Teachers Take Rally From State Capitol To Franklin
FRANKLIN, Tenn. - Hundreds of teachers in Williamson County rallied for change Wednesday evening.
The rally started at the Embassy Suites in Franklin around 4:30 p.m. They are protesting a bill proposed in the state legislature that would take away their collective bargaining rights. In essence, the teachers' union would no longer be able to negotiate their contracts.
"They've taken this opportunity to see how much they can pull us apart, but I don't think they realize how united we really are," said Kawanda Braxton, president of the Williamson County Education Association.
Earlier in the day, teachers packed the Senate Education Committee at the State Capitol. This week, there's a new fight against a push to take the Tennessee Education Association off the board of the state retirement system.
For years, the TEA, and other groups have represented a number of their employees. The TEA feels teachers could lose their voice.
"And let our voices be heard by our representatives," Braxton said.
Williamson County Representative Glen Casada said he and other lawmakers are not "union-busting" as some people have said. But Casada feels perhaps the day of the union has come and gone.
"They just serve, in a lot of cases, as an obstruction, not an aid to reform, and to move forward. So to some extent, yes," Representative Casada explained.
Republicans said they disagree.
"All of these organizations are coming off, that is the policy decision that was made by the senate government operations last year, that every single one of these organizations is going to come off, and come out of the code," said Sen. Brian Kelsey.
Labor groups are now rallying around the TEA.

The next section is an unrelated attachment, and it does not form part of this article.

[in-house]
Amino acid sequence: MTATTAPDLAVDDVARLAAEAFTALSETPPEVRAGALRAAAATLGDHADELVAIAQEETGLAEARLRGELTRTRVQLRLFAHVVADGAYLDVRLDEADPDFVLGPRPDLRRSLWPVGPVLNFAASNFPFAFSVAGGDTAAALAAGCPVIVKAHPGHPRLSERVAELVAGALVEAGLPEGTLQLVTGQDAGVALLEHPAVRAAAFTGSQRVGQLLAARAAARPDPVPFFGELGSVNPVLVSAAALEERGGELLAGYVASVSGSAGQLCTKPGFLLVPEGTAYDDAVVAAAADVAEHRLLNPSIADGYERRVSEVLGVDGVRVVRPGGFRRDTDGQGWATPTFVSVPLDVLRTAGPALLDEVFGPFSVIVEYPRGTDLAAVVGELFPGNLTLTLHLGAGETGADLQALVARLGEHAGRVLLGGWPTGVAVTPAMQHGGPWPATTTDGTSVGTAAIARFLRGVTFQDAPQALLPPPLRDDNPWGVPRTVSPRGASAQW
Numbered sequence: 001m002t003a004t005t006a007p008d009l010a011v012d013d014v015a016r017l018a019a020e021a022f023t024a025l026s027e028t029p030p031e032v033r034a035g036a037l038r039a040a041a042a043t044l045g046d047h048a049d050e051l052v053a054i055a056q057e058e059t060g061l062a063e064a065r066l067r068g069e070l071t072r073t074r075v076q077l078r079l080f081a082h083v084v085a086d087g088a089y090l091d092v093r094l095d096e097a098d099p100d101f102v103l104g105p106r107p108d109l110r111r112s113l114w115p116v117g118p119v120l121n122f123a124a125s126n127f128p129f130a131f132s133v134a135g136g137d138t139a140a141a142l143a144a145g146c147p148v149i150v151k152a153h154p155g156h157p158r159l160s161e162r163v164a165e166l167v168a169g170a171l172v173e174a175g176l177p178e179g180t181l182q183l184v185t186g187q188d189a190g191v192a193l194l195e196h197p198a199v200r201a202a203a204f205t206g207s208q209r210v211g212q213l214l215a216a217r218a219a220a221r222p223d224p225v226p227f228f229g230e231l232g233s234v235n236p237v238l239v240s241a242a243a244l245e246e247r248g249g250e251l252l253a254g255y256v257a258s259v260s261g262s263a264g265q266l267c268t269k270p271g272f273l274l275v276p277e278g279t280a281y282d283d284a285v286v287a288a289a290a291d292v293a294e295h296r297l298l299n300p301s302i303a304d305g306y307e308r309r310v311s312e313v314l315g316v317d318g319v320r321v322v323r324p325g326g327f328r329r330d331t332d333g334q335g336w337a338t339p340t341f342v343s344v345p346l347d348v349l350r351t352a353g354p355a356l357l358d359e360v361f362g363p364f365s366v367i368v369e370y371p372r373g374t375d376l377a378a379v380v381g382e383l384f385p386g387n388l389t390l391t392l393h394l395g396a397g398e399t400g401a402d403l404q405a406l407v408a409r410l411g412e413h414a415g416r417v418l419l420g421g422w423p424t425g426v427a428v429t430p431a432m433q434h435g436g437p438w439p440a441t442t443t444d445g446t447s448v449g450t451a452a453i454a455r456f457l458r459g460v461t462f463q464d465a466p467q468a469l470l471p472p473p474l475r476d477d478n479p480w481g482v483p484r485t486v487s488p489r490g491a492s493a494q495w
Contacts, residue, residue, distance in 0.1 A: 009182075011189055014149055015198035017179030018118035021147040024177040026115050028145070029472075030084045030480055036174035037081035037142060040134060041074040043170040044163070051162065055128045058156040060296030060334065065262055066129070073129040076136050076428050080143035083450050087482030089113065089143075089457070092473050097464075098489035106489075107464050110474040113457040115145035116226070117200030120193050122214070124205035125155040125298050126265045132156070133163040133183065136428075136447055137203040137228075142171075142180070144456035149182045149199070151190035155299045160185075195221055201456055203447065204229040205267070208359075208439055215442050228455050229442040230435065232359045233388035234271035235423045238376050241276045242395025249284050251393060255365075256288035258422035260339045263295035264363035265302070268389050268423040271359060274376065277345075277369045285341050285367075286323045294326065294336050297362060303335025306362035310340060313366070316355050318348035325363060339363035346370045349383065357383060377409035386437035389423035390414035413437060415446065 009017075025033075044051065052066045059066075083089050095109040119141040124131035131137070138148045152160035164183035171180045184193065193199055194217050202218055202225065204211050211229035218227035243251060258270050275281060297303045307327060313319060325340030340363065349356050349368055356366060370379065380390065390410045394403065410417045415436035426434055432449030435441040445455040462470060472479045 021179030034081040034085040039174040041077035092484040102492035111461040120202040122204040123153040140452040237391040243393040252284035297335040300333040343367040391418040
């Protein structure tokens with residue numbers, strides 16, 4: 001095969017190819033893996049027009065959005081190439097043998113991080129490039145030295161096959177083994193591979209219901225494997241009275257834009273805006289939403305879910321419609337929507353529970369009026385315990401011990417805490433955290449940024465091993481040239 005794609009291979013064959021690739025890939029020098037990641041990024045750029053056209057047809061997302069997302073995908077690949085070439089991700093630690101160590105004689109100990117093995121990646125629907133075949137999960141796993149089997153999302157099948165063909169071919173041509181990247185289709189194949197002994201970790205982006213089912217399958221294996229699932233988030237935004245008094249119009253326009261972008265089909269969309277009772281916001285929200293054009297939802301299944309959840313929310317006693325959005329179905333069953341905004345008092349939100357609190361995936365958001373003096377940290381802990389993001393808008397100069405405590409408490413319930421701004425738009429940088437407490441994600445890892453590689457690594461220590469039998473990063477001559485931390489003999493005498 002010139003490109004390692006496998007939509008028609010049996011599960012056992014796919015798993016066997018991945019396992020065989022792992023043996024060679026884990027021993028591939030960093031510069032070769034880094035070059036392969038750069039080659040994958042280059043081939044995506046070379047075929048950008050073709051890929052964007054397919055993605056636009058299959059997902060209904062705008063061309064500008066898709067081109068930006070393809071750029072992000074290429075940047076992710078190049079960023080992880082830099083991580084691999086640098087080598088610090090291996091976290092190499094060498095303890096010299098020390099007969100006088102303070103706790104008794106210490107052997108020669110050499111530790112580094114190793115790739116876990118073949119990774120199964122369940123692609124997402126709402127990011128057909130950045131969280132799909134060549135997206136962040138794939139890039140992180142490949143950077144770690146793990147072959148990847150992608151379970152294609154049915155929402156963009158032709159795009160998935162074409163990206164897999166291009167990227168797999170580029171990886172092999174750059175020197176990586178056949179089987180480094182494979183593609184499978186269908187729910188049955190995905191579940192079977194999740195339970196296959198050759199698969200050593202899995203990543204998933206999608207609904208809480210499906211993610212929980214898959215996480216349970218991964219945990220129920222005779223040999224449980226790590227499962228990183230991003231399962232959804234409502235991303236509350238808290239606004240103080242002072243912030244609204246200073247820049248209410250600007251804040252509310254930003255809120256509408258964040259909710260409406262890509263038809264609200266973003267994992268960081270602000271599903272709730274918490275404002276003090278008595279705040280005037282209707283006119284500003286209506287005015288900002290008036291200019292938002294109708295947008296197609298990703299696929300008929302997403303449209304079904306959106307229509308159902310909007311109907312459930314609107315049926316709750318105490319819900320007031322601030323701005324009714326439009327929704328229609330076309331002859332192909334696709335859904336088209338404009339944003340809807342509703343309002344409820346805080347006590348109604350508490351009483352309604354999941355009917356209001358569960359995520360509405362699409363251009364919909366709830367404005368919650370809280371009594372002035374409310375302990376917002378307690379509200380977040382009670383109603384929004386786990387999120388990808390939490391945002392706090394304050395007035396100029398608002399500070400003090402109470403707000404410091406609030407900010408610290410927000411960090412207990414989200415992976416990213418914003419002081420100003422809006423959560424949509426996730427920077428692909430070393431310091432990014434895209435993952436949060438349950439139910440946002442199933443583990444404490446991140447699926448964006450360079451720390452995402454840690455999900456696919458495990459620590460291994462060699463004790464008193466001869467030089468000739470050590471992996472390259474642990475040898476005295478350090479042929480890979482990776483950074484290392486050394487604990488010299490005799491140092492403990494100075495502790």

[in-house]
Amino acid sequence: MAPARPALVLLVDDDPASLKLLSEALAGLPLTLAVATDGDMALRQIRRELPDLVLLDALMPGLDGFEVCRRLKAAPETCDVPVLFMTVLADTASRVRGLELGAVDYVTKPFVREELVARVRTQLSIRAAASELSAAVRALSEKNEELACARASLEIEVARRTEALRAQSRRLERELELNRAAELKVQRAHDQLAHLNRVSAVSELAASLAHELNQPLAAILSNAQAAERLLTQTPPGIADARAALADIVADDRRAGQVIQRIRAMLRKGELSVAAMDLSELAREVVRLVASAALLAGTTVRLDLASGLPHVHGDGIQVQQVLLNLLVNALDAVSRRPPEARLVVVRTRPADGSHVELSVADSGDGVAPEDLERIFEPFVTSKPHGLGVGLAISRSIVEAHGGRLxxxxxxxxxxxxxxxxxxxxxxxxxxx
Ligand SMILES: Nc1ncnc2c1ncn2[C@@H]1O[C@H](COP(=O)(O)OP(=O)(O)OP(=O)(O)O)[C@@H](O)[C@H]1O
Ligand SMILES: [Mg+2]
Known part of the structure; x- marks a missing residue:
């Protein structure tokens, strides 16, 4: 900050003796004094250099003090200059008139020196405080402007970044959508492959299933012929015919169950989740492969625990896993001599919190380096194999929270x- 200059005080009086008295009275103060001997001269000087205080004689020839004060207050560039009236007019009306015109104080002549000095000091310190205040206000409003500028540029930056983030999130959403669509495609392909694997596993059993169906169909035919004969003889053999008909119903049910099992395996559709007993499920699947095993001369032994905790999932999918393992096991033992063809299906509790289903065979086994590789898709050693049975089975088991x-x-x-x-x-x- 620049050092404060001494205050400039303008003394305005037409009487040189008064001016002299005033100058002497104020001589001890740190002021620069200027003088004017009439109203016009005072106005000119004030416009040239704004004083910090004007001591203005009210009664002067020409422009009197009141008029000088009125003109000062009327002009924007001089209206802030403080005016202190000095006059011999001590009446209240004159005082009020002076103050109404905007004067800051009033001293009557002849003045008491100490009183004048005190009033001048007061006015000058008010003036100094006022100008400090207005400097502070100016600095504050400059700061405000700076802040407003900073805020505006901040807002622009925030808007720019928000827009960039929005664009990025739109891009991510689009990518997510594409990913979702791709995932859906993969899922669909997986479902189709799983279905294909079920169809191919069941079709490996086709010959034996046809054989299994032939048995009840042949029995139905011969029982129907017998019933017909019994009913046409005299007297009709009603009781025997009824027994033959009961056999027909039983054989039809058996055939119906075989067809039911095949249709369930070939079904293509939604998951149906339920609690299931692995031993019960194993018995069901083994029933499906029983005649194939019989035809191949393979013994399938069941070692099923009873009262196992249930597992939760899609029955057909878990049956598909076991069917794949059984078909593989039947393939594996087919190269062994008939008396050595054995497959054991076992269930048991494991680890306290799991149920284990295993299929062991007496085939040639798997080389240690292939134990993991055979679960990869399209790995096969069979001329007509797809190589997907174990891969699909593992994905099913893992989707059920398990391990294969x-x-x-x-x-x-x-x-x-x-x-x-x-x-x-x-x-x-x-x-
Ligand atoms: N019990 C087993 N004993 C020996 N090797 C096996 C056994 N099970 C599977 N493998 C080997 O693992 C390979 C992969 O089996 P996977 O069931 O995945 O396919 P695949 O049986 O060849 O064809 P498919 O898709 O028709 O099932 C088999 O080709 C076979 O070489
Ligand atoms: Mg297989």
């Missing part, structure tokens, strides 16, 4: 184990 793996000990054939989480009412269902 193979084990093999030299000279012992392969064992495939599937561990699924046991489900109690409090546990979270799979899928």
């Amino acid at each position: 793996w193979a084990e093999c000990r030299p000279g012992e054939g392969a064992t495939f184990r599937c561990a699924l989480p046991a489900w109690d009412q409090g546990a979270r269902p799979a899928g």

"This is a direct attack on freedom. The freedom of overworked, and overwhelmed teachers to negotiate for fair pay and better working conditions," said Mary Mancini with Tennessee Citizen Action.
With a new Republican majority, there's a belief they are trying to break up labor unions. This legislative session, lawmakers also debating a bill that would make it a misdemeanor for labor groups to contribute to political candidates.
Republicans insist they are not trying to bust up the teacher's union in the collective bargaining issue.
"This will benefit teachers because without mandatory collective bargaining, they have a choice you have competition among professional organizations that represent teachers, and with competition comes excellence," said Sen. Jack Johnson.
Protestors said there is the chance the widespread protests like the ones in Wisconsin could happen here, if lawmakers don't listen to their voices.
"We want our voices heard, we will have our voices heard, one way or another," according to Braxton.
The TEA is also planning a rally at the State Capitol on March 5. The Tea Party will also be there.